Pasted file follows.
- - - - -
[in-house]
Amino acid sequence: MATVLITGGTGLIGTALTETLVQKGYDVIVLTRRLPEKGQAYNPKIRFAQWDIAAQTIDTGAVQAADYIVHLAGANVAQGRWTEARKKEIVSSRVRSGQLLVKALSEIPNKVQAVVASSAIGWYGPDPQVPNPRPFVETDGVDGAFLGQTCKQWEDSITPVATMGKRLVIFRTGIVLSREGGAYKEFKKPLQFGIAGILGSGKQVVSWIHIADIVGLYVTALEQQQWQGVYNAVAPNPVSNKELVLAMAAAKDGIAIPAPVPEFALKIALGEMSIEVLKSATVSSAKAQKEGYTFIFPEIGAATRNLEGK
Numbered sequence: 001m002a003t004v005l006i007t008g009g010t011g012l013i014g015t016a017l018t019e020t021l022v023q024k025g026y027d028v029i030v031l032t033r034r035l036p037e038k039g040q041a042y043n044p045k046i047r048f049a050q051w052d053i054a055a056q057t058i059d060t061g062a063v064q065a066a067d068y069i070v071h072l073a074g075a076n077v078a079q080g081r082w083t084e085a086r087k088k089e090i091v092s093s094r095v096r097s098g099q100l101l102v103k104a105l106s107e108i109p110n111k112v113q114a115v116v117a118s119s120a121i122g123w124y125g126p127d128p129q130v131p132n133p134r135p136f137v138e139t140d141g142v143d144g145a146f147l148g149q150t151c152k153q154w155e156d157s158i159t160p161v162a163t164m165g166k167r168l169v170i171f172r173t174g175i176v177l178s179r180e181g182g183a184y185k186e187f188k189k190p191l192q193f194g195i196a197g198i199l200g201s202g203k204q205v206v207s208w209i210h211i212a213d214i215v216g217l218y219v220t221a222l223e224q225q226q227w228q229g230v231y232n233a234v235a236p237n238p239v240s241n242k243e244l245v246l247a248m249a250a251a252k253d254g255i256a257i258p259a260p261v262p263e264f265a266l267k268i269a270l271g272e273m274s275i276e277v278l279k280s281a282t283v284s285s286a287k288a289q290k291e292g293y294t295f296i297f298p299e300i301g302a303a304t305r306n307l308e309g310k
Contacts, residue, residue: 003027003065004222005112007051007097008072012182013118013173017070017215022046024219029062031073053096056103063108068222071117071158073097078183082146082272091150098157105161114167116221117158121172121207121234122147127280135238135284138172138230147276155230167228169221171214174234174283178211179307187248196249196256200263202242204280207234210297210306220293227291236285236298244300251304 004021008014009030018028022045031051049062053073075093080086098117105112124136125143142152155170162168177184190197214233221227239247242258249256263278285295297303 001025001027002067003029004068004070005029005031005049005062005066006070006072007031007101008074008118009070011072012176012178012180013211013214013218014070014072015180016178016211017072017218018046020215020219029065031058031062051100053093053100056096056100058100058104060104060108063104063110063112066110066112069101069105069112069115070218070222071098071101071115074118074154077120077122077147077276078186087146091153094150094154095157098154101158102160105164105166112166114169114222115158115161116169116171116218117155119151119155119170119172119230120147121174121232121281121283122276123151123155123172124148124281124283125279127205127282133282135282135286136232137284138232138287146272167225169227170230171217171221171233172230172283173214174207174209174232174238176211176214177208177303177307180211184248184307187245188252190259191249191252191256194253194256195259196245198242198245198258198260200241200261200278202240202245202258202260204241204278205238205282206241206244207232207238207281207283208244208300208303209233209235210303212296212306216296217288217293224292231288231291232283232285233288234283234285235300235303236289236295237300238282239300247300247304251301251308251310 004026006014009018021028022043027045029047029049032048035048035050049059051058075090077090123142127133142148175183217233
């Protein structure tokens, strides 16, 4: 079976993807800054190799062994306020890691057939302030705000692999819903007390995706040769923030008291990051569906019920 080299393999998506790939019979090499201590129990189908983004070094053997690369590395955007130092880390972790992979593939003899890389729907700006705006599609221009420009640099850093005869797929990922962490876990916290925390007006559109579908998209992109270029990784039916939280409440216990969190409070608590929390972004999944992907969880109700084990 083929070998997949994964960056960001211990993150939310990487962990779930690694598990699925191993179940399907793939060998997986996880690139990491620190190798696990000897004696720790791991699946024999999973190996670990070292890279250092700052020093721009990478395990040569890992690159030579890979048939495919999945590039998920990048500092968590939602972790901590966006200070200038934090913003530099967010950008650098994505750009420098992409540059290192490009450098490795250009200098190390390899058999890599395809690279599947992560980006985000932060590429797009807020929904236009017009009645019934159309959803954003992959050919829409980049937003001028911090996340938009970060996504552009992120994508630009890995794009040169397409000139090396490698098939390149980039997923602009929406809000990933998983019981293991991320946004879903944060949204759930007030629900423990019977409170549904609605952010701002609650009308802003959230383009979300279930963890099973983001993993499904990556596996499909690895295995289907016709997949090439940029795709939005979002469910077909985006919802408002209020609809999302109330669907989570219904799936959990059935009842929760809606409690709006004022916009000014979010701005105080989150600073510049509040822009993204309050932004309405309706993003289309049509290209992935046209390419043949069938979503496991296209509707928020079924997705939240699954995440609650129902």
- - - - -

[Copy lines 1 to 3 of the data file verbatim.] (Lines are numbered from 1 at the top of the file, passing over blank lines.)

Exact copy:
[in-house]
Amino acid sequence: MATVLITGGTGLIGTALTETLVQKGYDVIVLTRRLPEKGQAYNPKIRFAQWDIAAQTIDTGAVQAADYIVHLAGANVAQGRWTEARKKEIVSSRVRSGQLLVKALSEIPNKVQAVVASSAIGWYGPDPQVPNPRPFVETDGVDGAFLGQTCKQWEDSITPVATMGKRLVIFRTGIVLSREGGAYKEFKKPLQFGIAGILGSGKQVVSWIHIADIVGLYVTALEQQQWQGVYNAVAPNPVSNKELVLAMAAAKDGIAIPAPVPEFALKIALGEMSIEVLKSATVSSAKAQKEGYTFIFPEIGAATRNLEGK
Numbered sequence: 001m002a003t004v005l006i007t008g009g010t011g012l013i014g015t016a017l018t019e020t021l022v023q024k025g026y027d028v029i030v031l032t033r034r035l036p037e038k039g040q041a042y043n044p045k046i047r048f049a050q051w052d053i054a055a056q057t058i059d060t061g062a063v064q065a066a067d068y069i070v071h072l073a074g075a076n077v078a079q080g081r082w083t084e085a086r087k088k089e090i091v092s093s094r095v096r097s098g099q100l101l102v103k104a105l106s107e108i109p110n111k112v113q114a115v116v117a118s119s120a121i122g123w124y125g126p127d128p129q130v131p132n133p134r135p136f137v138e139t140d141g142v143d144g145a146f147l148g149q150t151c152k153q154w155e156d157s158i159t160p161v162a163t164m165g166k167r168l169v170i171f172r173t174g175i176v177l178s179r180e181g182g183a184y185k186e187f188k189k190p191l192q193f194g195i196a197g198i199l200g201s202g203k204q205v206v207s208w209i210h211i212a213d214i215v216g217l218y219v220t221a222l223e224q225q226q227w228q229g230v231y232n233a234v235a236p237n238p239v240s241n242k243e244l245v246l247a248m249a250a251a252k253d254g255i256a257i258p259a260p261v262p263e264f265a266l267k268i269a270l271g272e273m274s275i276e277v278l279k280s281a282t283v284s285s286a287k288a289q290k291e292g293y294t295f296i297f298p299e300i301g302a303a304t305r306n307l308e309g310k